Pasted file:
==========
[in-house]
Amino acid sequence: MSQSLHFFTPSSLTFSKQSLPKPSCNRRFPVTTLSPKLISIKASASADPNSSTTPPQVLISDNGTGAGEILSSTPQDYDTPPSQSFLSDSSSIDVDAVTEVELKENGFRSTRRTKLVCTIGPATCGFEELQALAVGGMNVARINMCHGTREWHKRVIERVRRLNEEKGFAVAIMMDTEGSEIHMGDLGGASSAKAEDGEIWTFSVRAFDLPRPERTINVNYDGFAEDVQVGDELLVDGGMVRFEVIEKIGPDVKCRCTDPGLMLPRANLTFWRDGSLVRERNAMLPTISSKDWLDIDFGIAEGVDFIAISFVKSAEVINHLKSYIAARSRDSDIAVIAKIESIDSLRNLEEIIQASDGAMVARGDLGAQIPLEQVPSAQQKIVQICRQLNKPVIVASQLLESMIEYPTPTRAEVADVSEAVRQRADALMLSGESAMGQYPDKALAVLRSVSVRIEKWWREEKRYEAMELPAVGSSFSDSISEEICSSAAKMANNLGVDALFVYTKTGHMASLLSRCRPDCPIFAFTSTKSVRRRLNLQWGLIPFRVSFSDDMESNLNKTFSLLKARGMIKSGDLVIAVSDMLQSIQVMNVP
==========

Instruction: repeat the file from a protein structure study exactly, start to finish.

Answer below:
[in-house]
Amino acid sequence: MSQSLHFFTPSSLTFSKQSLPKPSCNRRFPVTTLSPKLISIKASASADPNSSTTPPQVLISDNGTGAGEILSSTPQDYDTPPSQSFLSDSSSIDVDAVTEVELKENGFRSTRRTKLVCTIGPATCGFEELQALAVGGMNVARINMCHGTREWHKRVIERVRRLNEEKGFAVAIMMDTEGSEIHMGDLGGASSAKAEDGEIWTFSVRAFDLPRPERTINVNYDGFAEDVQVGDELLVDGGMVRFEVIEKIGPDVKCRCTDPGLMLPRANLTFWRDGSLVRERNAMLPTISSKDWLDIDFGIAEGVDFIAISFVKSAEVINHLKSYIAARSRDSDIAVIAKIESIDSLRNLEEIIQASDGAMVARGDLGAQIPLEQVPSAQQKIVQICRQLNKPVIVASQLLESMIEYPTPTRAEVADVSEAVRQRADALMLSGESAMGQYPDKALAVLRSVSVRIEKWWREEKRYEAMELPAVGSSFSDSISEEICSSAAKMANNLGVDALFVYTKTGHMASLLSRCRPDCPIFAFTSTKSVRRRLNLQWGLIPFRVSFSDDMESNLNKTFSLLKARGMIKSGDLVIAVSDMLQSIQVMNVP